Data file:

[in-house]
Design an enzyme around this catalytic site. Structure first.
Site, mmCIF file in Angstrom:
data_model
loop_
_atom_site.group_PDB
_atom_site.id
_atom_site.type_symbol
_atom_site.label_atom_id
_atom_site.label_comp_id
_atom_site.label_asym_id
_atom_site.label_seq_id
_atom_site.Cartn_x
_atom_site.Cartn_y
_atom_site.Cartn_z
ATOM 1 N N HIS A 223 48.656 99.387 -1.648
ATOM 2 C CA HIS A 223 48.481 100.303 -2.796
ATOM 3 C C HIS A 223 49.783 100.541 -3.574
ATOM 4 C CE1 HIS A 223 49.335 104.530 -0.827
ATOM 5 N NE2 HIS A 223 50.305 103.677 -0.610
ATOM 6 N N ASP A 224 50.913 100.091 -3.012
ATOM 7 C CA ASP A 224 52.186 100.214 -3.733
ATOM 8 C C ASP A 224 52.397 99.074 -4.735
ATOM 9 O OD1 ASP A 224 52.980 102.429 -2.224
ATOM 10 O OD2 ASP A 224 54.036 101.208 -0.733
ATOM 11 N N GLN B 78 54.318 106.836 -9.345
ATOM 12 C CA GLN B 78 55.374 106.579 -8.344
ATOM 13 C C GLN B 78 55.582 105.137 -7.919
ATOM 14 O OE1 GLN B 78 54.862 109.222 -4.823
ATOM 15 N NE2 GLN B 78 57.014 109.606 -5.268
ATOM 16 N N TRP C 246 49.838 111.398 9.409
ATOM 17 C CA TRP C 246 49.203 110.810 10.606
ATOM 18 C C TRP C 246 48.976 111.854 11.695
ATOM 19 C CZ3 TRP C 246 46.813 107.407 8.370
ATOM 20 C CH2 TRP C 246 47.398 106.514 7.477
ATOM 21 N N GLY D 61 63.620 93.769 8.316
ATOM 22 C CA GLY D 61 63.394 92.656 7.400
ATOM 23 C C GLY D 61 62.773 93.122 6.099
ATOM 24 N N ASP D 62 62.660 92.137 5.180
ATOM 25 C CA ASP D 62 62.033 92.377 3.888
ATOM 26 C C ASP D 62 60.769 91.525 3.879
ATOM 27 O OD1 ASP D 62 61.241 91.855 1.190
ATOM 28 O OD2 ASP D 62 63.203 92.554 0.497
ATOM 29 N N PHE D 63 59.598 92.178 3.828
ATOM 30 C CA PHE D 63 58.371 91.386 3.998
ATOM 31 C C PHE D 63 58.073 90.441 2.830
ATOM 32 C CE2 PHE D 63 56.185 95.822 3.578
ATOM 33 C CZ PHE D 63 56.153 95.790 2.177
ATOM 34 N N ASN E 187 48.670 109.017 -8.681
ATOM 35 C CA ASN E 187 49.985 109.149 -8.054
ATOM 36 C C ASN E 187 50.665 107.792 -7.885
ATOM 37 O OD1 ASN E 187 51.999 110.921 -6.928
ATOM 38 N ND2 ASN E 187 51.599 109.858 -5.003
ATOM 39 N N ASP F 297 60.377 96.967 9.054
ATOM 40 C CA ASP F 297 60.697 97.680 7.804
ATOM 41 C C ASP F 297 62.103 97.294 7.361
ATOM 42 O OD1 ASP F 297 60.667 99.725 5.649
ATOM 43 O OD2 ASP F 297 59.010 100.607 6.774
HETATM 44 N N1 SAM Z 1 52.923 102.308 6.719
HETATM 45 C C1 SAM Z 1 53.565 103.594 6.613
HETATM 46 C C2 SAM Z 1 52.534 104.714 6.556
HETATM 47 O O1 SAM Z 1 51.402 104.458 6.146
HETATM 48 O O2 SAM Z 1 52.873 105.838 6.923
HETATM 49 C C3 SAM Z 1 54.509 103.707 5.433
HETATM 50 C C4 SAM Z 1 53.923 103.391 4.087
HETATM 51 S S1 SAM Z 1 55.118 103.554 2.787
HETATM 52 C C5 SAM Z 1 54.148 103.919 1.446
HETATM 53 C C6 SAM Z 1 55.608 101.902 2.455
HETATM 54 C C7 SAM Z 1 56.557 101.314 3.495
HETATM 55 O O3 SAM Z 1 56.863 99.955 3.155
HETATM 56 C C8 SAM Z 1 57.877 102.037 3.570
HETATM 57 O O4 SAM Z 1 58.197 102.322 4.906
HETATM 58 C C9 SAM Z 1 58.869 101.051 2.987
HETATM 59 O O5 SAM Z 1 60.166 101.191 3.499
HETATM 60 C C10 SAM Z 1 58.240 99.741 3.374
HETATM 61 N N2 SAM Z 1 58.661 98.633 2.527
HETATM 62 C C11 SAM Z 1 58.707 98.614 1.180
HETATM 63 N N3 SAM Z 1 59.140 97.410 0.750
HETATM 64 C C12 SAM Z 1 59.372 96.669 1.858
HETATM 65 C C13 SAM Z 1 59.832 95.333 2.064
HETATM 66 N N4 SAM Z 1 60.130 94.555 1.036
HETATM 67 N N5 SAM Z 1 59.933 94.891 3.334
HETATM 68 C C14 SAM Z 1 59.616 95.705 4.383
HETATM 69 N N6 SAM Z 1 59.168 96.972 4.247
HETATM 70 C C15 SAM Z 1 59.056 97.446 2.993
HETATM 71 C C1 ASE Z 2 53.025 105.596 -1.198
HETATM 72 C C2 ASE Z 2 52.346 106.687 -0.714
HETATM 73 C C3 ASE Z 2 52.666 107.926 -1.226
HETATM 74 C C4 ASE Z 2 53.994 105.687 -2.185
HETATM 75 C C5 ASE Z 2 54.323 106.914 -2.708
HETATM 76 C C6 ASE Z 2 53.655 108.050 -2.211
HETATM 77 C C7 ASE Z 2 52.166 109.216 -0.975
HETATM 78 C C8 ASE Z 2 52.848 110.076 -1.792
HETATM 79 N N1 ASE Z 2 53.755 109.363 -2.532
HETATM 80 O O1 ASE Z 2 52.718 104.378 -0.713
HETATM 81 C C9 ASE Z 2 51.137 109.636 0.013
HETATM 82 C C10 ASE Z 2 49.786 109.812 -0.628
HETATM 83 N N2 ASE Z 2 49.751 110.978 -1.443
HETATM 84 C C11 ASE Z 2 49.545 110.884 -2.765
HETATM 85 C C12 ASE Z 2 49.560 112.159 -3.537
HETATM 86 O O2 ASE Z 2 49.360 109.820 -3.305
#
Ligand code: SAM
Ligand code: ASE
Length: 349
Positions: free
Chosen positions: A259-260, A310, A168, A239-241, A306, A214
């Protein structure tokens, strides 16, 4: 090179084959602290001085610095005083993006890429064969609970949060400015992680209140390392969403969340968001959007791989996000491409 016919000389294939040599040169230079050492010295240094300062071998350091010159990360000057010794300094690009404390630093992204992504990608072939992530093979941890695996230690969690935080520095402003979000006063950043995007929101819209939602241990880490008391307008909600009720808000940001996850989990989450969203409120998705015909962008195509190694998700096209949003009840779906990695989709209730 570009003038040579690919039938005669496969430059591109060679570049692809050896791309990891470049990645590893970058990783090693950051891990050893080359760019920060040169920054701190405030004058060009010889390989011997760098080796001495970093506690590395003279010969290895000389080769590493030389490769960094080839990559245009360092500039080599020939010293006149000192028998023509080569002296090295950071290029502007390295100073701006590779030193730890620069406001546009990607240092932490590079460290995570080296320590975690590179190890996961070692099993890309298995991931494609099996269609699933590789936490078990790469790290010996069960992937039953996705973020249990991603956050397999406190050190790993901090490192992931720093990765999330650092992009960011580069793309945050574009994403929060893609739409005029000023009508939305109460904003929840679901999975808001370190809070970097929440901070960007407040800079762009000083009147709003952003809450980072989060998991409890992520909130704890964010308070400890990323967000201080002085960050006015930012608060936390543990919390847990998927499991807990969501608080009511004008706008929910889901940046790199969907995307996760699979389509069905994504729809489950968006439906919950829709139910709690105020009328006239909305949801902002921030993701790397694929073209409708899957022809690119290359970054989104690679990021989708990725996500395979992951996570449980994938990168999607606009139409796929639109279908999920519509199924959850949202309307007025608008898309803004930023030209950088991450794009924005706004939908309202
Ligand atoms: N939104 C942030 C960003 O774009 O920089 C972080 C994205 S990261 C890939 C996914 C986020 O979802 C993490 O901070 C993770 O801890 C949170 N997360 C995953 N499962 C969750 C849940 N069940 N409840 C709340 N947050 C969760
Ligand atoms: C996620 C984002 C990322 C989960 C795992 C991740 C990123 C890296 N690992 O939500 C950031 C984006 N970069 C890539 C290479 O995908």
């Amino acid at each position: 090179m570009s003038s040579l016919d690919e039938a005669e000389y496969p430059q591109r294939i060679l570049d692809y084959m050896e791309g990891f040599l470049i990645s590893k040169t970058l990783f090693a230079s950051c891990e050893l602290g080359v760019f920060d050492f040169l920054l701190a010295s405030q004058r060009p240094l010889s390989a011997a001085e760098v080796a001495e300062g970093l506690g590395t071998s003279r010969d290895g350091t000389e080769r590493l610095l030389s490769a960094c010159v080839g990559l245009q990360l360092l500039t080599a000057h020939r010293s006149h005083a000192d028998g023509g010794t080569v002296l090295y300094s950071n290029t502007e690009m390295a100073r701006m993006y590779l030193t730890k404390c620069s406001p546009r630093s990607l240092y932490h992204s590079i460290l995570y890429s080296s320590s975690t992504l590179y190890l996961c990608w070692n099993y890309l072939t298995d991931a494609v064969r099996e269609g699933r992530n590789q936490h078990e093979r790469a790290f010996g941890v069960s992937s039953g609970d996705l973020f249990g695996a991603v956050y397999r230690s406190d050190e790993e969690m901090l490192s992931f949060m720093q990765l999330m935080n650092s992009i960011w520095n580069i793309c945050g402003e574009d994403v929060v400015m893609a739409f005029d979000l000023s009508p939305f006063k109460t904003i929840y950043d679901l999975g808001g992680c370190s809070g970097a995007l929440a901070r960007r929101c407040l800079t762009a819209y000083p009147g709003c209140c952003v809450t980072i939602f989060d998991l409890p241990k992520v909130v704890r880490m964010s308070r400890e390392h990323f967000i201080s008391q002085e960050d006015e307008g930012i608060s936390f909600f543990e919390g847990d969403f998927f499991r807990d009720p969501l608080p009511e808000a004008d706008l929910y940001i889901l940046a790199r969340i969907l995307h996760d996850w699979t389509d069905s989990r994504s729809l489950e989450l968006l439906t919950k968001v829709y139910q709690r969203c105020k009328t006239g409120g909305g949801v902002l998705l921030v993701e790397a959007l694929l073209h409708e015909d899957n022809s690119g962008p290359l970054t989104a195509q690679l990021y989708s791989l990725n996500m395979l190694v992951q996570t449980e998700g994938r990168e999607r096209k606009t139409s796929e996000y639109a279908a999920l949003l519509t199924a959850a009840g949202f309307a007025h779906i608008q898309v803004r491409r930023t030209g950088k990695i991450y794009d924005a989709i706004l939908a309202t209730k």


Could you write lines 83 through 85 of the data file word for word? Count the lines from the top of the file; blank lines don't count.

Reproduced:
HETATM 68 C C14 SAM Z 1 59.616 95.705 4.383
HETATM 69 N N6 SAM Z 1 59.168 96.972 4.247
HETATM 70 C C15 SAM Z 1 59.056 97.446 2.993